To know what happened today in history, famous events occurred, famous birthdays, death days, legend quotes, and historical news on September 27.
Events on September 27
Famous Birthdays on September 27
Quotes from Legendary
Mr Stephenson, having taken me on the bench of the engine with him, we started at about 10 miles [16 kph] an hour. You cannot imagine how strange it seemed to be journeying on thus, without any visible cause of progressing other than that magical engine, with its flying white breath, and rhythmical unwearying pace.
- Fanny Kemble, British actress (1809-93), in Record of a Girlhood.
Historical News on September 27
Top Model Can't Marry As She Was Born A He
1990 Glamorous British model Caroline Cossey has failed to overturn a law that won’t let her get married – because her birth certificate says she’s male.
And so she was, until a sex-change operation 15 years ago transformed her into the beautiful and successful model “Tula”.
She appealed against the ruling in terms of the European Convention on Human Rights, but the European court today upheld the British law.
Slaves By The Shipload
1672 A new British company chartered today has been given a monopoly of the African slave trade.
The Royal African Company is now arranging shipments of slaves from the African coast to the markets in the Americas, offering special terms for entire shiploads.
A healthy slave costs less than £20 ($37) on delivery in America.
The new company’s chief competition is the Dutch West India Company, which has had a monopoly of the West African slave trade for 50 years.
Britain and France are at war with Holland, and last month a Dutch fleet attacked New York.
Regardless of European hostilities, the number of slave ships plying the Atlantic is bound to grow.
The New World plantations cannot operate without slaves and enormous profits are to be made from the trade in “black gold”.
"No Plot” Behind Kennedy Killing
1964 The Warren Commission has officially rejected conspiracy as a factor in the killing of US President John F. Kennedy last November. Neither has it found a motive.
The Commission, appointed by President Lyndon B. Johnson to investigate the assassination, published its report in Washington today.
Killer Lee Harvey Oswald acted alone, the report said, and neither Oswald nor Jack Ruby, Oswald’s killer, was involved in a wider conspiracy.
The report criticized the FBI, the secret service, which it said must be overhauled, and the Dallas police for poor security.
The FBI knew Oswald had lived in Russia and had a job in a store overlooking Kennedy’s route – but the secret service didn’t know, yet its role is to protect the President.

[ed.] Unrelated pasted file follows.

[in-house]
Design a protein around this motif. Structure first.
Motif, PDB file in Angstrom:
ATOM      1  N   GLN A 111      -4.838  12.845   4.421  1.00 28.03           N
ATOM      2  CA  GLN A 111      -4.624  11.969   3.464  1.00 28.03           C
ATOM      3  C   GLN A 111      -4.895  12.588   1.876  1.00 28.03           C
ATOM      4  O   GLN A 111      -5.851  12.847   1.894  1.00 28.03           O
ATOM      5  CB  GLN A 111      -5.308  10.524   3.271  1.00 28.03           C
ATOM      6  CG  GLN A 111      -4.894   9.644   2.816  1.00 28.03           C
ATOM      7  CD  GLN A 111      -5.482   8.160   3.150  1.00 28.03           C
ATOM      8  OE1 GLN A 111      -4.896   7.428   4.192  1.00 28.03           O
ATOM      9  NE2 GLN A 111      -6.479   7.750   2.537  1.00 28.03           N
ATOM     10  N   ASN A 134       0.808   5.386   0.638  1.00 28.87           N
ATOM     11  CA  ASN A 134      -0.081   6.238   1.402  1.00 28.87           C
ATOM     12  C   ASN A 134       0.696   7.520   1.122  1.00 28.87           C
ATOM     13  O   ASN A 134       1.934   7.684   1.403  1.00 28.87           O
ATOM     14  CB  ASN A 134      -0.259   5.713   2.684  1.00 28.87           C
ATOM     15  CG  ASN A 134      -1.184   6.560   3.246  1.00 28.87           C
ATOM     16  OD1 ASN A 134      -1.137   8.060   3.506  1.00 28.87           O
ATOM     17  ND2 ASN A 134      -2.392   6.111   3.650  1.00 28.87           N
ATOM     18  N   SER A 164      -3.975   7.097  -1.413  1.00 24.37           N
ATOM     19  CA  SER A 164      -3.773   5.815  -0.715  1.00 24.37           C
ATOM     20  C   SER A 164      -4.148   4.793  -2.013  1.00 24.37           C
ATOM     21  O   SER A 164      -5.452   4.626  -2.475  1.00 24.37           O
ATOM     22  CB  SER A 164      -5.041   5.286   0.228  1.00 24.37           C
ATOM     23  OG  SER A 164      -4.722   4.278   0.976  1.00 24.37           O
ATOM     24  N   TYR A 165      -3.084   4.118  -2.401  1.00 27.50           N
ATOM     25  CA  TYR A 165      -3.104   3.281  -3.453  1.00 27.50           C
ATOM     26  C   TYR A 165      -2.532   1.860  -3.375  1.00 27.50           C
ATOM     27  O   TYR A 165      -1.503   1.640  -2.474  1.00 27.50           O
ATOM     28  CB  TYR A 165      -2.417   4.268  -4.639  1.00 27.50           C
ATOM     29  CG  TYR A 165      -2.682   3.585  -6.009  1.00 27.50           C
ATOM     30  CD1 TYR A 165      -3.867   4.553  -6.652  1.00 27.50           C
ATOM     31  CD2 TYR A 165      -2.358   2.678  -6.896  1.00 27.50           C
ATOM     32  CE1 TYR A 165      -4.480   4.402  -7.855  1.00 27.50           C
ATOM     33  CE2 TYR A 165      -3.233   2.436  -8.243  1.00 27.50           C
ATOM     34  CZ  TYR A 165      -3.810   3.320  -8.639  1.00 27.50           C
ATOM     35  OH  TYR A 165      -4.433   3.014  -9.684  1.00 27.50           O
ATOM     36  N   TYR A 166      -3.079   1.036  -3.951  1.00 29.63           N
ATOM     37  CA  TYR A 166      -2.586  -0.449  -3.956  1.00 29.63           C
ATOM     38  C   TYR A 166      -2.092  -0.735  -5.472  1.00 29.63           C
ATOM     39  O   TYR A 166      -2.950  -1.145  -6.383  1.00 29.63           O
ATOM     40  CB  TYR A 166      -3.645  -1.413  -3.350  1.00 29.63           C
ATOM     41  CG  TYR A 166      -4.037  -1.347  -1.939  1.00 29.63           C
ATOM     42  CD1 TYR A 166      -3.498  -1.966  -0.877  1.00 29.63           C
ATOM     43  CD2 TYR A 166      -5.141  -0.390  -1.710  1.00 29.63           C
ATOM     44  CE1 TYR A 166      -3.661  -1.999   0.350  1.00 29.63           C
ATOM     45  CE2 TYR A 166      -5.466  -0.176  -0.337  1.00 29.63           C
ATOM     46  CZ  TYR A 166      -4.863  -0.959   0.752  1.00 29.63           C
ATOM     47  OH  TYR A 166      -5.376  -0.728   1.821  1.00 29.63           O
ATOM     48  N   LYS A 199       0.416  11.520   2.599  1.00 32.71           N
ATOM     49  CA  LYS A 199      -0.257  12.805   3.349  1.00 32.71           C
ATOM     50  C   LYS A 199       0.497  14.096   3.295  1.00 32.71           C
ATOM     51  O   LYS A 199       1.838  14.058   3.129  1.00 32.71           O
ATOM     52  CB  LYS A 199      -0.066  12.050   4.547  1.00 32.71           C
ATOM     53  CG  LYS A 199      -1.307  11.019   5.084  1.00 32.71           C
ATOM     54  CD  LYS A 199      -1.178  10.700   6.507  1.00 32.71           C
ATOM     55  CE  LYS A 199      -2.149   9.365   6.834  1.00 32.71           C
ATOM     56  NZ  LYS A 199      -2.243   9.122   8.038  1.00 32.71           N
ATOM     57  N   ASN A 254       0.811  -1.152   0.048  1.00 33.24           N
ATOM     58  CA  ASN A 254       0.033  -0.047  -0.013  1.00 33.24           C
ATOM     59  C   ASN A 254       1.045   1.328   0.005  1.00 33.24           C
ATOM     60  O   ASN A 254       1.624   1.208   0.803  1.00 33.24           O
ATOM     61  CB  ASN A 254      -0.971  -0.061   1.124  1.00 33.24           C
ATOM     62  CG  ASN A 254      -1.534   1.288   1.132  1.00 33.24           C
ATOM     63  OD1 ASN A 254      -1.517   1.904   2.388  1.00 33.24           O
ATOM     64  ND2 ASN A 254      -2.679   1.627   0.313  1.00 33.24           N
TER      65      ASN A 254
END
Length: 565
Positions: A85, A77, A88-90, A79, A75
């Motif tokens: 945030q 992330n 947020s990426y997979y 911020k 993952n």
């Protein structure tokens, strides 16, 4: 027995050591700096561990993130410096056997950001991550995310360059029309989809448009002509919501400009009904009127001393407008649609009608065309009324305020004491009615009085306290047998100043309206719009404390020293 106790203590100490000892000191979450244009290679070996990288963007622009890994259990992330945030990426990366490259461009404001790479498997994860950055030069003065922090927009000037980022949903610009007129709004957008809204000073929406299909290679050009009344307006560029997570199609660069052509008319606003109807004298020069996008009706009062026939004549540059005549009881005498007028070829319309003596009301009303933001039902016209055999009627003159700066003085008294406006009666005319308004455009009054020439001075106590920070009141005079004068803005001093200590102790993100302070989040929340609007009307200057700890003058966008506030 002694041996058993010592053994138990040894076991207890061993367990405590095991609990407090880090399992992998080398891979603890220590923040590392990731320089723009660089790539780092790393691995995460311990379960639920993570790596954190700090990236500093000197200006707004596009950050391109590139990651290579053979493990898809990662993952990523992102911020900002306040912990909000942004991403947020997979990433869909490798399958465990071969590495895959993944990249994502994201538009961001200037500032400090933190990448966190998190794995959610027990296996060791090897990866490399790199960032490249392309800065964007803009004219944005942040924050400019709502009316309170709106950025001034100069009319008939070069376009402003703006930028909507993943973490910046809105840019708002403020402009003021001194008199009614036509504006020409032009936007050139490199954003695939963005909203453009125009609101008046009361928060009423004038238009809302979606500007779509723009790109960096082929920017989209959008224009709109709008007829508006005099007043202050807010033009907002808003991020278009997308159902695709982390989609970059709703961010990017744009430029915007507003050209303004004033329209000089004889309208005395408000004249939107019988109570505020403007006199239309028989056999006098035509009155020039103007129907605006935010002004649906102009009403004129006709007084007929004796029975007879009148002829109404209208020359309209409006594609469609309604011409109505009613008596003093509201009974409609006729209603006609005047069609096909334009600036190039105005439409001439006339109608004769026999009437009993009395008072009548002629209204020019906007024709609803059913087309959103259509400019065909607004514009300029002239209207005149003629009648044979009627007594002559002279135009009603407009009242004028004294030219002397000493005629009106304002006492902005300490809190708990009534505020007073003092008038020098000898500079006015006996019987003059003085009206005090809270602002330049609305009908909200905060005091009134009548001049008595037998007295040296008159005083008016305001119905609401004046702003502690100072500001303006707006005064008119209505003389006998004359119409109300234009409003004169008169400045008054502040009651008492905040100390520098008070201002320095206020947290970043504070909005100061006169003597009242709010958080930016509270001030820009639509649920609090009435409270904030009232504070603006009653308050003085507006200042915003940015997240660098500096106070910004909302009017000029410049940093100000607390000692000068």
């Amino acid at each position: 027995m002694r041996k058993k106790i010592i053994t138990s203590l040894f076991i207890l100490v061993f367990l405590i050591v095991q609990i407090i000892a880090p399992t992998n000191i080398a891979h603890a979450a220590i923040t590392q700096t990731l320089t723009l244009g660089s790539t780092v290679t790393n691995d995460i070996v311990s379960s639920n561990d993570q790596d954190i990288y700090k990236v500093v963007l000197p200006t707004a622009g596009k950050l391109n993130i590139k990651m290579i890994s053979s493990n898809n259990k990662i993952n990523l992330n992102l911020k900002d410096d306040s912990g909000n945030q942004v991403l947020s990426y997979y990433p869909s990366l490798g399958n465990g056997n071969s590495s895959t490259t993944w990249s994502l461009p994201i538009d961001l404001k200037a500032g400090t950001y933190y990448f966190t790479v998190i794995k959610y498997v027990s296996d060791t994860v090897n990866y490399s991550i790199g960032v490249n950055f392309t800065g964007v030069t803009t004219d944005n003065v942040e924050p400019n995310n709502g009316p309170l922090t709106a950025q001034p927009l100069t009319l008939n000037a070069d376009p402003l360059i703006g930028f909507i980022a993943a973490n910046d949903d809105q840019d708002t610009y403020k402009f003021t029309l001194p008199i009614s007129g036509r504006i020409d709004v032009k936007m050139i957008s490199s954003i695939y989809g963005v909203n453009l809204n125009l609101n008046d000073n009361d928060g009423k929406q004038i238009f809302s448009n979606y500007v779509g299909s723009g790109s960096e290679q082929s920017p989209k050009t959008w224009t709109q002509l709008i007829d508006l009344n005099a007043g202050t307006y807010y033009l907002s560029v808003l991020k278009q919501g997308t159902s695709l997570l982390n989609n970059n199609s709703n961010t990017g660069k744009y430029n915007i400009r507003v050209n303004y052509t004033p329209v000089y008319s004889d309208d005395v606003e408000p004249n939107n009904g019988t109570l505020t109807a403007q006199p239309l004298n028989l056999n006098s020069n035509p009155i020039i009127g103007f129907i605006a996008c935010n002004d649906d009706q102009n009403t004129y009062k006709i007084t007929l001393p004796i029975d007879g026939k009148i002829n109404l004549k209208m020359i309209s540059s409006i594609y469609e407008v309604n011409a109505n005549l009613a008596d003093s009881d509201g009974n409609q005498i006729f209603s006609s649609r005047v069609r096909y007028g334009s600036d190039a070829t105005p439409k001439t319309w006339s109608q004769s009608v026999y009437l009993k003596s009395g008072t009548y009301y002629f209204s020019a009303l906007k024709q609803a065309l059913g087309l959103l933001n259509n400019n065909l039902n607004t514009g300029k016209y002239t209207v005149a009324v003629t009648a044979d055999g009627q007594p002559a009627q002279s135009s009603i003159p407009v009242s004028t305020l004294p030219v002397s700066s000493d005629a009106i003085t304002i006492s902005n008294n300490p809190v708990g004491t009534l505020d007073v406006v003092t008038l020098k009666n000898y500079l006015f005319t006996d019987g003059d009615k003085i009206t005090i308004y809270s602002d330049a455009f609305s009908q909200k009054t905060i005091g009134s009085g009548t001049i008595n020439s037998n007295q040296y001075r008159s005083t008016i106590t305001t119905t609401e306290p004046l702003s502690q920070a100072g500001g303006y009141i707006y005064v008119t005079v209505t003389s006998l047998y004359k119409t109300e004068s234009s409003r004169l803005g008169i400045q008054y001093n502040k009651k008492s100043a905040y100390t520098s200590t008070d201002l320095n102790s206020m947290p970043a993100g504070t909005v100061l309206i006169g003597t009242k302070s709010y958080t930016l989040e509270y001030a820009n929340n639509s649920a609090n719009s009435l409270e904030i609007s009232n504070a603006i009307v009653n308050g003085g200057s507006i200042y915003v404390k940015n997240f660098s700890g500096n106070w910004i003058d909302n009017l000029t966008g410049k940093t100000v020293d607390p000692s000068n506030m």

Tokyo Joins Berlin-Rome Axis
1940 Imperial Japan signed a 10-year economic and military alliance with Nazi Germany and Fascist Italy in Berlin today.
The Tripartite Pact formalizes the Berlin-Rome-Tokyo Axis which began in 1936 when Japan signed the Anti-Comintern Pact with Germany; Italy signed a year later.
Today’s pact is a coup for Nazi leader Adolph Hitler, whose Blitzkrieg in Europe has gained him conquests, but no allies other than Italy and an increasingly reluctant Spain.
Japan is also a useful buffer against the United States.
Japan and Russia, however, have been bitter enemies since their war over Manchuria in 1905, and the peace treaty that was signed by Russia and Germany a year ago is looking ever more shaky.
1968 Just one day after the end of theatre censorship in Britain, 13 naked actors faced a London audience tonight as the rock musical Hair opened in the West End to a packed house.
The nude bit only lasted one short scene and impressionistic stage lighting left most of the crucial details discreetly shadowed, but the show was nonetheless a big hit with the audience.
Commuters do the Locomotion
1825 A new era of travel began today when George Stephenson’s steam engine Locomotion pulled a full load of passengers from Shildon to Stockton via Darlington, inaugurating the world’s first passenger railway service.
Stephenson operated the engine himself, and the 27-mile (43 km) journey took less than three hours.
The passengers travelled in a long line of 32 carriages fitted with special wheels which glided smoothly along the steel rail track.
Stephenson built the Locomotion for the Stockton and Darlington Railway and also surveyed the route, avoiding steep gradients wherever possible.
He and his talented engineer son, Robert, are designing a more powerful engine which they say could have a top speed of as much as 30 mph (48 kph).
It is understood that Stephenson has been approached by the Liverpool and Manchester Railway.
1975 Jamaica’s big reggae stars, Bob Marley and The Wailers, had a first European hit as “No Woman No Cry” entered the UK Charts.